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Velo Magazine — February 2014

  • By VeloNews.com
  • Published Jan. 15, 2014

As beautiful and multifaceted as professional cycling is, it’s the characters of the sport that make it so much fun to watch: Those with grit, or a sense of humor, or those who can’t help but say what they’re thinking, no matter how controversial.

For the third year in a row, we’ve dedicated an issue to these individuals — to showcasing their human sides, and making them accessible to our audience. The Personalities Issue has become an off-season tradition to bring you inside the sport, to reveal the players, their qualities, and the things that make them tick.

The advent of social media has produced a new generation of riders — guys like Peter Sagan, Marcel Kittel, and Taylor Phinney — with a different view toward accessibility and public relations.

On the cover? Phinney, the fashionista of the peloton, strutting his stuff in an Yves Saint Laurent jacket. While we focus on the athletes who provide us with the exciting race action that unites the sport, we also chose a few lesser-known folks, including two journalists, Rupert Guinness and Mike Ferrentino.

After all, cycling is a community: the athletes, team managers, race promoters, sponsors, marketing directors, shop owners, and, yes, other journalists make up this beautiful sport. Some folks stand out above the crowd as larger-than-life characters. Besides the three aforementioned personalities, we’ve focused on Geraint Thomas, the Tough Guy; Marcel Kittel, the Gentle Giant; Katerina Nash, Miss Congeniality; Laurens Ten Dam, the Dutch Vagabond; Oleg Tinkov, the Russian Billionaire; Nacer Bouhanni, the Fighter; Vicente Tortajada, the Stickler; Hans Rey, the Trailblazer; Alex Howes, the Intellectual Pugilist; Emma Pooley, the Equalizer; and Gianni Savio, the Silver Fox.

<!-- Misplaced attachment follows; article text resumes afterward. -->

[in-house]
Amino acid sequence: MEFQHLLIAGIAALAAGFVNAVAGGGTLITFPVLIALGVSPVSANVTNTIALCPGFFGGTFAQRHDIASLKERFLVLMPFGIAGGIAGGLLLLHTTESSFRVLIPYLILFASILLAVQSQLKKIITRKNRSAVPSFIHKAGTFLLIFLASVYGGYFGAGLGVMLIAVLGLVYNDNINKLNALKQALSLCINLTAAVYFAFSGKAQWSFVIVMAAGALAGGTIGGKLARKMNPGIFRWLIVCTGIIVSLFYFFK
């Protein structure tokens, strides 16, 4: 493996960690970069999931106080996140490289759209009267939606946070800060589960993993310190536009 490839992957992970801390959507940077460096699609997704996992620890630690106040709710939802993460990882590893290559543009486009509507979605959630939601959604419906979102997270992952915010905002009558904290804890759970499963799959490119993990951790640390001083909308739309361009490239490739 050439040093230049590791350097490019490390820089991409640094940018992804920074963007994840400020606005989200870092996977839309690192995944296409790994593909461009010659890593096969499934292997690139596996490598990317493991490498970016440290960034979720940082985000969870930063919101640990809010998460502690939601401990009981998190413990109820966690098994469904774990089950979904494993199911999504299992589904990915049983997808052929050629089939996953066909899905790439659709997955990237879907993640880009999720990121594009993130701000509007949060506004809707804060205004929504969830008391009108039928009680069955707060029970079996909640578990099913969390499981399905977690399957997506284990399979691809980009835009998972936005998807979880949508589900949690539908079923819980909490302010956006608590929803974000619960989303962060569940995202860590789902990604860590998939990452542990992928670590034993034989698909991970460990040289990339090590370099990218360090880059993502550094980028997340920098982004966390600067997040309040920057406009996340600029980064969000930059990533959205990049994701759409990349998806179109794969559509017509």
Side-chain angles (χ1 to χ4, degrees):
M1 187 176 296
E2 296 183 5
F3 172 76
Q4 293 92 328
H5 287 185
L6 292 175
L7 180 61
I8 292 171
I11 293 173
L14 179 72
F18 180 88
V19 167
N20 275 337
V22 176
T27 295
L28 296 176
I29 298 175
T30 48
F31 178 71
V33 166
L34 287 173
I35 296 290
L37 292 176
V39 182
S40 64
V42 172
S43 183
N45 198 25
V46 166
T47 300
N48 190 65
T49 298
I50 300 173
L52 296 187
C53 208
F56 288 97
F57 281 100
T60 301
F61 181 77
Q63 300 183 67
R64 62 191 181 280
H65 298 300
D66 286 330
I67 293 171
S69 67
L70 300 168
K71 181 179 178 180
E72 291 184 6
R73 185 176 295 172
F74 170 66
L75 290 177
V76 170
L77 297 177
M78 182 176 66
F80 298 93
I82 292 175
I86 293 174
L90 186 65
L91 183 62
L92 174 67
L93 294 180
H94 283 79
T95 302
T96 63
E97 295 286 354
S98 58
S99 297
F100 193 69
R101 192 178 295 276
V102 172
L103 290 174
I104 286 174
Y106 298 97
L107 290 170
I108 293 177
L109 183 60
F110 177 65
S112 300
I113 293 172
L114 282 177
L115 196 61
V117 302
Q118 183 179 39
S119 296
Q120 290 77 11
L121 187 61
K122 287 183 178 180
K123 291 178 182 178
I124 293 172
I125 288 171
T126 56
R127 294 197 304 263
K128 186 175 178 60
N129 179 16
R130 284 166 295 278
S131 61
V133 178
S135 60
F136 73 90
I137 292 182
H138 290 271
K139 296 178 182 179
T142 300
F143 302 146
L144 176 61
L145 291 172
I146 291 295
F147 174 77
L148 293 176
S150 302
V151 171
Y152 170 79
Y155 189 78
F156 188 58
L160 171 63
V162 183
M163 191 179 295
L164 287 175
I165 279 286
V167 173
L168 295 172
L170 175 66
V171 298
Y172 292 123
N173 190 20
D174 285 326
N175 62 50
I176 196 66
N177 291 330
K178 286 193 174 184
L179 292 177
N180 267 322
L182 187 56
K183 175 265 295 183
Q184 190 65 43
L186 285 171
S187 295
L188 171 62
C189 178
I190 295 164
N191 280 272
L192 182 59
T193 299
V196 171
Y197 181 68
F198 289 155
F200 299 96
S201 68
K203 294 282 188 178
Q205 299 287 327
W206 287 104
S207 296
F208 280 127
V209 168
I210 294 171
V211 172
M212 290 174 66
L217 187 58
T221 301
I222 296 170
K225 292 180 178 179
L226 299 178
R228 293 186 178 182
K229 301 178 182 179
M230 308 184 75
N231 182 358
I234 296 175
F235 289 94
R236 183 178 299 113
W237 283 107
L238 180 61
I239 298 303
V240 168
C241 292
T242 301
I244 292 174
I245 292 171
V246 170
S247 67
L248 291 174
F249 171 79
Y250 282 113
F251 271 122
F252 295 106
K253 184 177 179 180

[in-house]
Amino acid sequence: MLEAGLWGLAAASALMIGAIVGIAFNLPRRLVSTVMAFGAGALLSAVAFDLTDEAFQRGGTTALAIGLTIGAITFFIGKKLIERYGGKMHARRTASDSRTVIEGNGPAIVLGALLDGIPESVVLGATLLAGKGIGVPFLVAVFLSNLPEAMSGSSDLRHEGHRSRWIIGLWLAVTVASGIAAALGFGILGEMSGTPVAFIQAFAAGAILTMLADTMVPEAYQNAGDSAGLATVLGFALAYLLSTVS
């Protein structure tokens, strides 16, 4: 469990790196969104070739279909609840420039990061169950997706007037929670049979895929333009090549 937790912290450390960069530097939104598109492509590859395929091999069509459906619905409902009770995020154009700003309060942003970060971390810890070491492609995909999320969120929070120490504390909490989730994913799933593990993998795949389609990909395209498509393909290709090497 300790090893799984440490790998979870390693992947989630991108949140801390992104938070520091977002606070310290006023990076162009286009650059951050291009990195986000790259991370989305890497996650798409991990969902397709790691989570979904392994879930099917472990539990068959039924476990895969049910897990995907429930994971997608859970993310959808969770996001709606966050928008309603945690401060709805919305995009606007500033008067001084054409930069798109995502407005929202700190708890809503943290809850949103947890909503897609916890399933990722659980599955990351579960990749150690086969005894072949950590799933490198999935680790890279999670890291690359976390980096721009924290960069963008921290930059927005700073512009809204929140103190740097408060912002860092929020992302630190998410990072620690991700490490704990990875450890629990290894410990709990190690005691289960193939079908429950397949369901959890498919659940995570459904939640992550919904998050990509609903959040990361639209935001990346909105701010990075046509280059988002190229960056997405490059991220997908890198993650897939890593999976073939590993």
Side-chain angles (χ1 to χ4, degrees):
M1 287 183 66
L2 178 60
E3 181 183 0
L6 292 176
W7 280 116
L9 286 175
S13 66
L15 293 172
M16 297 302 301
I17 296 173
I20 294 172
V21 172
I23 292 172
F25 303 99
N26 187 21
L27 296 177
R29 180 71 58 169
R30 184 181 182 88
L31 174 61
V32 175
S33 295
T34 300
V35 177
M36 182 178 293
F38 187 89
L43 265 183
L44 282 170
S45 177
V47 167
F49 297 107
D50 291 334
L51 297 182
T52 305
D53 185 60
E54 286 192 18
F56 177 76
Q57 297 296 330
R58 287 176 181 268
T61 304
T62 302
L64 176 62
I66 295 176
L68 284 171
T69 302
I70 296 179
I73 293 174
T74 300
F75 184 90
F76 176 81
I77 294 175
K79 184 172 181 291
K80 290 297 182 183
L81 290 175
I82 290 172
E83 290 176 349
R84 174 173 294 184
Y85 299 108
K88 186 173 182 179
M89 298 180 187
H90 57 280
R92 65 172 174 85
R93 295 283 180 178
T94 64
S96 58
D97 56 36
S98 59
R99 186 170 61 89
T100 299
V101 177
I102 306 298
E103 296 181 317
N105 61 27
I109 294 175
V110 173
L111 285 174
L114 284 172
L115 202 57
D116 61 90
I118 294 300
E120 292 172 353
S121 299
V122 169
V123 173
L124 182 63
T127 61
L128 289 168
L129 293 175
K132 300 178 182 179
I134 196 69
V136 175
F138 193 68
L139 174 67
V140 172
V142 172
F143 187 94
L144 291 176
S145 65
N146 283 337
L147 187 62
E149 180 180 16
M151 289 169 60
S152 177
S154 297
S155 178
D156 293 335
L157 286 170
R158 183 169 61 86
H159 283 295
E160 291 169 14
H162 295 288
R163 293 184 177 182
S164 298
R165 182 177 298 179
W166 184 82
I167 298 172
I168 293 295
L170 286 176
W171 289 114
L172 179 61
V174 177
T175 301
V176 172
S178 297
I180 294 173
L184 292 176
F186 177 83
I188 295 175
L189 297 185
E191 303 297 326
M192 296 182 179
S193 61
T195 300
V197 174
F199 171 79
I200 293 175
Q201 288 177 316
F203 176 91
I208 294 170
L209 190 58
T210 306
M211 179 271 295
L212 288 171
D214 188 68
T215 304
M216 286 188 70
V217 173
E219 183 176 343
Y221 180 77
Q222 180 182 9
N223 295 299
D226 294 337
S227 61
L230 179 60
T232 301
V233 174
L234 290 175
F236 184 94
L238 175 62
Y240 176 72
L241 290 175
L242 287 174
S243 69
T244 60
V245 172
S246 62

Some of them you may have heard of; others work behind the scenes. But all of them are singular, intriguing characters worth learning more about.

But there’s more to this issue than charm and bravado.

Our science and training expert, Trevor Connor, takes an in-depth look at the long-term effects of doping on athletes. Is doping the gift that keeps on giving?

The VeloLab crew headed back to the speed lab to find the cheapest speed money can buy: lube. They’ve put together a list of the fastest lubes on the planet.

The tech department also takes a look at road tubeless tires. Are they worth the hassle? It seems you shouldn’t overlook the technology just yet.

All this and more in Velo’s Personalities Issue, available on newsstands or in the Apple iTunes store.

FILED UNDER: Magazine

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